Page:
Magazine article Sunset

Exploring Bryce Canyon's High Country on Horseback

Magazine article Sunset

Exploring Bryce Canyon's High Country on Horseback

Article excerpt

Exploring Bryce Canyon's high country on horseback

Thousand-year-old bristlecone pines standsilhouetted against umber-washed sandstone spires called hoodoos in Utah's Bryce Canyon National Park. In July, wildflowers soften the surrounding landscape carpeting meadows in Dixie National Forest.

This intriguing area's 8,000-foot air canmake uphill stretches extra tough for hikers, but on horseback the air doesn't seem quite so thin. With a guide, a greenhorn can ride the trails without concern for more than a sore backside, and the scenery and easygoing horses will help you forget even that. On the easy hour- to day-long rides, the guides describe Bryce's geologic history, flora, and fauna --sprinkled with a liberal dose of tall tales. One guide on our trip demonstrated rope tricks while standing backwards in the saddle.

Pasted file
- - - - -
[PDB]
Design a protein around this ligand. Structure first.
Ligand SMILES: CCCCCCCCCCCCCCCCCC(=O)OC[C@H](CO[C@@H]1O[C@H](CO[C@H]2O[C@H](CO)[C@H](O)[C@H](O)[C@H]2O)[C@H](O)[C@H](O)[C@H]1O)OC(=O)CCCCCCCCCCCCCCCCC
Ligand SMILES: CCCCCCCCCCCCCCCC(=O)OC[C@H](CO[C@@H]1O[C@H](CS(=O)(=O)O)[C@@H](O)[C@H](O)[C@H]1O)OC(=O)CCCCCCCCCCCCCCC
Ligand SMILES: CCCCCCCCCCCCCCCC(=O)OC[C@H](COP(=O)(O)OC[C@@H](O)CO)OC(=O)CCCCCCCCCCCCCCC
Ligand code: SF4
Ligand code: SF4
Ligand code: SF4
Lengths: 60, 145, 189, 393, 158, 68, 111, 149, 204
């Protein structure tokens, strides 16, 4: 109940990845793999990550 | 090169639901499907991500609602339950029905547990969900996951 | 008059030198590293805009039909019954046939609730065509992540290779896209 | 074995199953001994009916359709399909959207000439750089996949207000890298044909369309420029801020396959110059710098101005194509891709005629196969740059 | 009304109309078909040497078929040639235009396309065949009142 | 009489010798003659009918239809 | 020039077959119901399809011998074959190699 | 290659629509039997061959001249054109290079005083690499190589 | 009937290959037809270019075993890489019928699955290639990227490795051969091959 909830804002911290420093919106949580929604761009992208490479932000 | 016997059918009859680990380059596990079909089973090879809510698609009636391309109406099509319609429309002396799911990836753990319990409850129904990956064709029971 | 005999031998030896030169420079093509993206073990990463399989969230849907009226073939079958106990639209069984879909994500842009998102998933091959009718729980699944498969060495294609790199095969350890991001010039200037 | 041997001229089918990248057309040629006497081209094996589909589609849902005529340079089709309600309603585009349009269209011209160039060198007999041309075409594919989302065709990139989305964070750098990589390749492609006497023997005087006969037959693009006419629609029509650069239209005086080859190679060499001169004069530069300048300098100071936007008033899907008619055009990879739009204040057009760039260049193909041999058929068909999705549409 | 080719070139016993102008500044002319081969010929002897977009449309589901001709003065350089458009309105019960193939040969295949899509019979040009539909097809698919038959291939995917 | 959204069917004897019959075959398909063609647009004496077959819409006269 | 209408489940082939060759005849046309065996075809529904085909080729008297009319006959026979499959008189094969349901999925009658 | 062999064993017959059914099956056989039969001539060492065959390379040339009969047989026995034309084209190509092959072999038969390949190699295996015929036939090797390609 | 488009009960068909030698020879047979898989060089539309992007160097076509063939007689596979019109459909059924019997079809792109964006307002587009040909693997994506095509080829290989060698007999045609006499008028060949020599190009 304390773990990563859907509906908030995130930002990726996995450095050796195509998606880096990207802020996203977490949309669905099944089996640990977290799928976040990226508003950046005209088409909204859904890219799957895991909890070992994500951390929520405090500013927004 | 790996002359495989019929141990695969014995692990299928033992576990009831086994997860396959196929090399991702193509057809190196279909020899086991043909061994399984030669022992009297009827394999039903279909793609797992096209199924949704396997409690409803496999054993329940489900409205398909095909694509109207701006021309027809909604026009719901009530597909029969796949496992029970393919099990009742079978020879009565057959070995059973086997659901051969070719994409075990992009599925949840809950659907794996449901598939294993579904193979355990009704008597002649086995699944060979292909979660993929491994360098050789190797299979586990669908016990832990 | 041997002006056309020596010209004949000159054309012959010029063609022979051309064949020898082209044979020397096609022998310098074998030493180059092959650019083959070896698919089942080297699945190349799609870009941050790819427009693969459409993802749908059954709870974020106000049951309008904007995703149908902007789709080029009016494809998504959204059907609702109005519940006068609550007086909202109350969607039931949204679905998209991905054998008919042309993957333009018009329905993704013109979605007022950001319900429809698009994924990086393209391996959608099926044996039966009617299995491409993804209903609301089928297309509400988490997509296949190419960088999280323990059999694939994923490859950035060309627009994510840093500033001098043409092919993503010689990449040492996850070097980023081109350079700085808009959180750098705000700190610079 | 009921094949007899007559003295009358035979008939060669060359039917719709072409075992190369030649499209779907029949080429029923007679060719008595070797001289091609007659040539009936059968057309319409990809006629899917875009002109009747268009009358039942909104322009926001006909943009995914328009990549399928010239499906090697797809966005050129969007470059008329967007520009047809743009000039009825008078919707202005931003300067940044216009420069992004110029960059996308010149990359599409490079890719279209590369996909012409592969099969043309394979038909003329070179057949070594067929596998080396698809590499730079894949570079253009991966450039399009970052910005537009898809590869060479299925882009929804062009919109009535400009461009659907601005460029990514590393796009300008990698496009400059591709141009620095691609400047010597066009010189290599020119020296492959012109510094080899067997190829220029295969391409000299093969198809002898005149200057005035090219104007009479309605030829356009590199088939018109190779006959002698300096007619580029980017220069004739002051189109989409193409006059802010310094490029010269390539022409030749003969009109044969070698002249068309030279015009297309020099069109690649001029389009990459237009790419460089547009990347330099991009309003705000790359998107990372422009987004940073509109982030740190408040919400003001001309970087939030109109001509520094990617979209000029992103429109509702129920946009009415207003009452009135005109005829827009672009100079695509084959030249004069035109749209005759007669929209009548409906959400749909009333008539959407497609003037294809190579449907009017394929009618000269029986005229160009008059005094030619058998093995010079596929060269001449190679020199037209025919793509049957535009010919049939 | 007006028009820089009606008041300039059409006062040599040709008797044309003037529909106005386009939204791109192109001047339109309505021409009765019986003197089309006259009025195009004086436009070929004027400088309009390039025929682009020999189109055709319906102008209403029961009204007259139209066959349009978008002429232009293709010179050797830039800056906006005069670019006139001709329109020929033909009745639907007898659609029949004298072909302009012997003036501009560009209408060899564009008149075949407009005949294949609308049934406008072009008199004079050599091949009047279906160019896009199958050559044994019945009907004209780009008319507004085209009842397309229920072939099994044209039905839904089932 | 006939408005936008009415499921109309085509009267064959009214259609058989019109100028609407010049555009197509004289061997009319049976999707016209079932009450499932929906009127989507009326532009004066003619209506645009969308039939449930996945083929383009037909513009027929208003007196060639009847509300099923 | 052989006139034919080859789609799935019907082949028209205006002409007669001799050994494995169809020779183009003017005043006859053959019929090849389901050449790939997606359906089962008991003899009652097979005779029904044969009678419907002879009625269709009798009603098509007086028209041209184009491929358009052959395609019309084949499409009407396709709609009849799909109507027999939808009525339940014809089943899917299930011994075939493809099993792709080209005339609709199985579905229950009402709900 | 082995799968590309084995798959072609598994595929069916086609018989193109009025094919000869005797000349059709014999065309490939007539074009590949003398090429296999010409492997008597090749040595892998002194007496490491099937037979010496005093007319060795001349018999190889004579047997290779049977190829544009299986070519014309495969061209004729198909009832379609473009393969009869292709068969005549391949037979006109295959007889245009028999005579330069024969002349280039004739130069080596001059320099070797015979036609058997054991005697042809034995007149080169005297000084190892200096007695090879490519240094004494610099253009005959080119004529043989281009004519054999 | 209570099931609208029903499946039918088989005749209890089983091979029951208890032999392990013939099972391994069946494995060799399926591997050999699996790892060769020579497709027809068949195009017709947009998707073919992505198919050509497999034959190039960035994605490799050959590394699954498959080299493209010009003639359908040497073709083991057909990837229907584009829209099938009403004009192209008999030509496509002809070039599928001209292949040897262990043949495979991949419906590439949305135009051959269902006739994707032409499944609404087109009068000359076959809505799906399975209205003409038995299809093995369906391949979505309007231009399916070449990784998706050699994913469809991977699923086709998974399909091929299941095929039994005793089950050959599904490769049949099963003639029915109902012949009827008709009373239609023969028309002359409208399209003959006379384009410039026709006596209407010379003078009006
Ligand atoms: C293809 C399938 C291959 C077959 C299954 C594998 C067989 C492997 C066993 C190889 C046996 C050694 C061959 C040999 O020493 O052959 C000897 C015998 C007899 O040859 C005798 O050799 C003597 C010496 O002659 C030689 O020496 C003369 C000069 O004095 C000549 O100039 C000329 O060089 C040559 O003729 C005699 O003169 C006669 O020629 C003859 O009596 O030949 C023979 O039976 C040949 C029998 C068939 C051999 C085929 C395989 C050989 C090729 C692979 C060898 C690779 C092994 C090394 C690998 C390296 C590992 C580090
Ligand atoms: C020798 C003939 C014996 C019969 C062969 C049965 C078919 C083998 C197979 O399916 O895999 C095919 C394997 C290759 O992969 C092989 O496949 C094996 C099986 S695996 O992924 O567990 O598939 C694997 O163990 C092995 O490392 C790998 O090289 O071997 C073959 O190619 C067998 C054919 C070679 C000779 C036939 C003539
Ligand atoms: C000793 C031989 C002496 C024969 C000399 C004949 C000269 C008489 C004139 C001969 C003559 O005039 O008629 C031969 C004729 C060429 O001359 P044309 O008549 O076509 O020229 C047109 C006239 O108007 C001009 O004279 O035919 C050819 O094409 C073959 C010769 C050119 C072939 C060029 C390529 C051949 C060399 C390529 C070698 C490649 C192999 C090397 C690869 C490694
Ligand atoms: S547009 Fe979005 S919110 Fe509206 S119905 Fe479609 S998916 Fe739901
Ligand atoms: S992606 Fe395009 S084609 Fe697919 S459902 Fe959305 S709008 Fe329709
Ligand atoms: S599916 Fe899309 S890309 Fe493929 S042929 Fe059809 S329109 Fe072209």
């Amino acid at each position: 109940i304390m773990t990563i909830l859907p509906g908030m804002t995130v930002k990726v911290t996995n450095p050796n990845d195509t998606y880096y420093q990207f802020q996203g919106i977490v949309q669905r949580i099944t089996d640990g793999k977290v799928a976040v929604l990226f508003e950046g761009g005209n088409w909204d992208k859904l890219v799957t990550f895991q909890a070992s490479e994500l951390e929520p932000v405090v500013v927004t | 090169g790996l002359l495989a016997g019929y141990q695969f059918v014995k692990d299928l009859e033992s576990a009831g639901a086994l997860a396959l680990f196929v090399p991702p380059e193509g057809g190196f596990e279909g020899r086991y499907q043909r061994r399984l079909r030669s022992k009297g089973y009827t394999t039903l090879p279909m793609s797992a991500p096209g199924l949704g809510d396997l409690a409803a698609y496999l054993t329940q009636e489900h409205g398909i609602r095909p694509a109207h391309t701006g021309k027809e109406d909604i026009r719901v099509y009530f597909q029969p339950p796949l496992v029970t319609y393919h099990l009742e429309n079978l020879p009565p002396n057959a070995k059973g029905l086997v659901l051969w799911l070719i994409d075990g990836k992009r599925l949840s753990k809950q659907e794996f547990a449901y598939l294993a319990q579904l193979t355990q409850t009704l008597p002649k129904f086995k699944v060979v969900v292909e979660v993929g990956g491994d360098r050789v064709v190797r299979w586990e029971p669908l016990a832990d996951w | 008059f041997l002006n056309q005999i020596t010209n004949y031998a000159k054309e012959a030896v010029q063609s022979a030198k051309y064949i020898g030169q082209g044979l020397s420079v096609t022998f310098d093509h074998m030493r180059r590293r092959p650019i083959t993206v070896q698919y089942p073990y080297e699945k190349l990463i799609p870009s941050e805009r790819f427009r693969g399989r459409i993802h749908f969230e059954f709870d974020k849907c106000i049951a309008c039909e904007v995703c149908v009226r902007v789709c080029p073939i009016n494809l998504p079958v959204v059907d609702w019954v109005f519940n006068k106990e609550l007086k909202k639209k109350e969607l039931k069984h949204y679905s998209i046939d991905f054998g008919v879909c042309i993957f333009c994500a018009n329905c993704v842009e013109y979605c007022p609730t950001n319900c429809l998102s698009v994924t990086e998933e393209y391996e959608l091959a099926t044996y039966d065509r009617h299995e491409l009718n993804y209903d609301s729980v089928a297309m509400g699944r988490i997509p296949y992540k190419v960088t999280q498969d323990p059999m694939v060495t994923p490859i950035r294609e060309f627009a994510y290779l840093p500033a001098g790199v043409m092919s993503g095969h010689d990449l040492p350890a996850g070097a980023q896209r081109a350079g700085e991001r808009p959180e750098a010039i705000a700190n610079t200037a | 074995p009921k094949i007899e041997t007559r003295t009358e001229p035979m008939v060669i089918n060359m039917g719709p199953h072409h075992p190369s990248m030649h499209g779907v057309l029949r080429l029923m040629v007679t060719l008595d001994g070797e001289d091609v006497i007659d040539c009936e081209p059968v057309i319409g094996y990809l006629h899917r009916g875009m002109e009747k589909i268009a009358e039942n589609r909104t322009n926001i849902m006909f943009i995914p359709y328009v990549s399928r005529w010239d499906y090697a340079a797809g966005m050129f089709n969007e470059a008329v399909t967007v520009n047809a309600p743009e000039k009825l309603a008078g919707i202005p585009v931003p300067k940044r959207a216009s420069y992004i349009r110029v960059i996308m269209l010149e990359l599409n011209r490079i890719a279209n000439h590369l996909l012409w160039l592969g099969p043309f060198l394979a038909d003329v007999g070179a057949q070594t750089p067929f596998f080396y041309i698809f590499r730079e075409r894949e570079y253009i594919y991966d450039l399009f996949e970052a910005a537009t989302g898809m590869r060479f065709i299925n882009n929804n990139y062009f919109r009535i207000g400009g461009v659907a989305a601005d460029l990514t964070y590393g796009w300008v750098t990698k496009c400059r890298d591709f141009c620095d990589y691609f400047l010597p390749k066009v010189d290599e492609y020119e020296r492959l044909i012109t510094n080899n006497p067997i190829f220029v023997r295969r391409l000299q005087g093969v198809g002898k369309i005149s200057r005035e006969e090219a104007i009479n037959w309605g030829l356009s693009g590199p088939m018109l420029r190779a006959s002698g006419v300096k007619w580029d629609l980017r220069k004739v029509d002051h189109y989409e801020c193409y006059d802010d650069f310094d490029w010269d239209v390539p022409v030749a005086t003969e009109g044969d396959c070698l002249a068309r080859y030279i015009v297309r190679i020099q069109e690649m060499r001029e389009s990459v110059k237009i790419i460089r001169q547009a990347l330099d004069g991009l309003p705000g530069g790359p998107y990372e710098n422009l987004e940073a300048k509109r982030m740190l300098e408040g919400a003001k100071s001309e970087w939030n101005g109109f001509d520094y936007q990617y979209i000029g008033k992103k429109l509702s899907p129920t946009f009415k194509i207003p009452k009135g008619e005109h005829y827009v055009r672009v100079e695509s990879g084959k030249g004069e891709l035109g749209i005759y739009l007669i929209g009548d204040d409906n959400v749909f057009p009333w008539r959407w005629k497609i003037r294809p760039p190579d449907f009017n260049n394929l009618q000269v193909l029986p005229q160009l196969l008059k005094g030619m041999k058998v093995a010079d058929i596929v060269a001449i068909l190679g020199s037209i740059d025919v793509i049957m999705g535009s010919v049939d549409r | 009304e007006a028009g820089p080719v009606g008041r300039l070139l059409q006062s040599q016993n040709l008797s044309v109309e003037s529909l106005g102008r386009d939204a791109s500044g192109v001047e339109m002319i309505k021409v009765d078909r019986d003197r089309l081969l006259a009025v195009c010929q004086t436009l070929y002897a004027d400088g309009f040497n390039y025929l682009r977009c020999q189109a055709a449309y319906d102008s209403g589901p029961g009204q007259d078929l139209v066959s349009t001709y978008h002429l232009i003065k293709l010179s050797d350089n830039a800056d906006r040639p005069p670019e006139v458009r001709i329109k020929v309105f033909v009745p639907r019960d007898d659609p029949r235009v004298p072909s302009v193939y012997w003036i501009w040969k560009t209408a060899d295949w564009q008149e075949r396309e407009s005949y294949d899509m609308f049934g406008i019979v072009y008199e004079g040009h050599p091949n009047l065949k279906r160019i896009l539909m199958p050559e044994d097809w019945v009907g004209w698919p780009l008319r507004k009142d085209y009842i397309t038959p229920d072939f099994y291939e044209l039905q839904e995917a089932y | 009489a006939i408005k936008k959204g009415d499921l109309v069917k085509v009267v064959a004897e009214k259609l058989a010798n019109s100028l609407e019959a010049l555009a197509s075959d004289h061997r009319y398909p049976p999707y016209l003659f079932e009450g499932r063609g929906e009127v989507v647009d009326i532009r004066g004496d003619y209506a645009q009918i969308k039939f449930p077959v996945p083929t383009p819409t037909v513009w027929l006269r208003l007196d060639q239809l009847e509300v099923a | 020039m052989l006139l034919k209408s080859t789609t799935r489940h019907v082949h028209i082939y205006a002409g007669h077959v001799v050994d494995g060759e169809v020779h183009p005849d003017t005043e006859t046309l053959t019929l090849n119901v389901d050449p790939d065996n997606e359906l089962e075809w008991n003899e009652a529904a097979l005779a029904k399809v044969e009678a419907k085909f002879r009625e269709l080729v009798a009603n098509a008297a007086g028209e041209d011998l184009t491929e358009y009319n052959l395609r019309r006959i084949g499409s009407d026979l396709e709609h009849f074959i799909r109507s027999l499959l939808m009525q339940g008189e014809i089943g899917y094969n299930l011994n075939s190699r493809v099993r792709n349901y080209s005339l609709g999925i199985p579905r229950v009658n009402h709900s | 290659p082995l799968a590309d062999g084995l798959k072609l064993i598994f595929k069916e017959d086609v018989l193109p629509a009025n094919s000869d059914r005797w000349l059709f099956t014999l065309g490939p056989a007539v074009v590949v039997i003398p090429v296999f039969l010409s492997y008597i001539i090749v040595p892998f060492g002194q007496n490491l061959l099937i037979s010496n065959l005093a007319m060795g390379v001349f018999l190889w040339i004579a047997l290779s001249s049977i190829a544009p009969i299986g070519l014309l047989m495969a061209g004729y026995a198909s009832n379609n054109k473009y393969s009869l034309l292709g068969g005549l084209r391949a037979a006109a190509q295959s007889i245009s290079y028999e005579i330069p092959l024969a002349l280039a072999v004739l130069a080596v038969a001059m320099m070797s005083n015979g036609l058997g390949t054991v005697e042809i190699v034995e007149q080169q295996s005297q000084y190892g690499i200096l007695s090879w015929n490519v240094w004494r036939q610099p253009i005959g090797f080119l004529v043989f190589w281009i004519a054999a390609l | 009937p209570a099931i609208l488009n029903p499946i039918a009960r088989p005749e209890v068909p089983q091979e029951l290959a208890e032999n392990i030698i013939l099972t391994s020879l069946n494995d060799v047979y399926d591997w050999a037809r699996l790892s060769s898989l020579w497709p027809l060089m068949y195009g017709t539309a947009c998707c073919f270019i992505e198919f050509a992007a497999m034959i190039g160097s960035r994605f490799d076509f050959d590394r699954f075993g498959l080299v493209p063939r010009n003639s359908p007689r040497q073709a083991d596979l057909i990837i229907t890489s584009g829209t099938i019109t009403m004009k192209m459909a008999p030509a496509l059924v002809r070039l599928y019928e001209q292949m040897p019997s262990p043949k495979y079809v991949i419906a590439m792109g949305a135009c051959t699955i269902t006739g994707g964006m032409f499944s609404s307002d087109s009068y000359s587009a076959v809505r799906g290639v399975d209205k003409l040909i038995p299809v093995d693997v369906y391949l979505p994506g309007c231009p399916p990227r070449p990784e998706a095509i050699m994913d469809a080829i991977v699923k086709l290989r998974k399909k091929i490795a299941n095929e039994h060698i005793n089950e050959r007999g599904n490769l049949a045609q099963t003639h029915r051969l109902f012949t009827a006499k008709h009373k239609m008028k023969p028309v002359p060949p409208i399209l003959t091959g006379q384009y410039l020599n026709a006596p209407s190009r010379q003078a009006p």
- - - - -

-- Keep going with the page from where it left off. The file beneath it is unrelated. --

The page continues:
Of the three companies that offer dayoutings, only one takes you into the canyou; the other rides go to the rim or into the adjacent national forest. Summer days are usually dry, with temperatures in the comfortable 80s, but wear long pants for protection from trailside brush. …

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